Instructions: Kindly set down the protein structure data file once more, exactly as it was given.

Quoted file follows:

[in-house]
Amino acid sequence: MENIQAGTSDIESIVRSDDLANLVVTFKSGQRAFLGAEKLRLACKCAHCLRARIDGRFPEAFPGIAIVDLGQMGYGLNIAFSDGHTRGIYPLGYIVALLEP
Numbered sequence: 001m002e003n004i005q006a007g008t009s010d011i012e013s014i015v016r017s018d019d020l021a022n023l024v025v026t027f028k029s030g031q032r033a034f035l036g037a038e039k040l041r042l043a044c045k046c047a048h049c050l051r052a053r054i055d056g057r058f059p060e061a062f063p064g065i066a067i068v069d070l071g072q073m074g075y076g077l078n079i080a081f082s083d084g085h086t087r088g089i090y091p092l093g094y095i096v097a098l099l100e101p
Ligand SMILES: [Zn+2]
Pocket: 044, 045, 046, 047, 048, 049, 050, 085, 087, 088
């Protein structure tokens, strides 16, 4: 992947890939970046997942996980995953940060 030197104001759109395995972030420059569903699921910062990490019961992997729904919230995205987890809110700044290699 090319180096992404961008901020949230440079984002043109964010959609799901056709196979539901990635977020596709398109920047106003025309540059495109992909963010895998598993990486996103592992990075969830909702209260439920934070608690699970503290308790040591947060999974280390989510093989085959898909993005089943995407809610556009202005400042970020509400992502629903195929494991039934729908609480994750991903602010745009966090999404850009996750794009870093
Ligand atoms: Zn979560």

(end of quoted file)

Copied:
[in-house]
Amino acid sequence: MENIQAGTSDIESIVRSDDLANLVVTFKSGQRAFLGAEKLRLACKCAHCLRARIDGRFPEAFPGIAIVDLGQMGYGLNIAFSDGHTRGIYPLGYIVALLEP
Numbered sequence: 001m002e003n004i005q006a007g008t009s010d011i012e013s014i015v016r017s018d019d020l021a022n023l024v025v026t027f028k029s030g031q032r033a034f035l036g037a038e039k040l041r042l043a044c045k046c047a048h049c050l051r052a053r054i055d056g057r058f059p060e061a062f063p064g065i066a067i068v069d070l071g072q073m074g075y076g077l078n079i080a081f082s083d084g085h086t087r088g089i090y091p092l093g094y095i096v097a098l099l100e101p
Ligand SMILES: [Zn+2]
Pocket: 044, 045, 046, 047, 048, 049, 050, 085, 087, 088
């Protein structure tokens, strides 16, 4: 992947890939970046997942996980995953940060 030197104001759109395995972030420059569903699921910062990490019961992997729904919230995205987890809110700044290699 090319180096992404961008901020949230440079984002043109964010959609799901056709196979539901990635977020596709398109920047106003025309540059495109992909963010895998598993990486996103592992990075969830909702209260439920934070608690699970503290308790040591947060999974280390989510093989085959898909993005089943995407809610556009202005400042970020509400992502629903195929494991039934729908609480994750991903602010745009966090999404850009996750794009870093
Ligand atoms: Zn979560």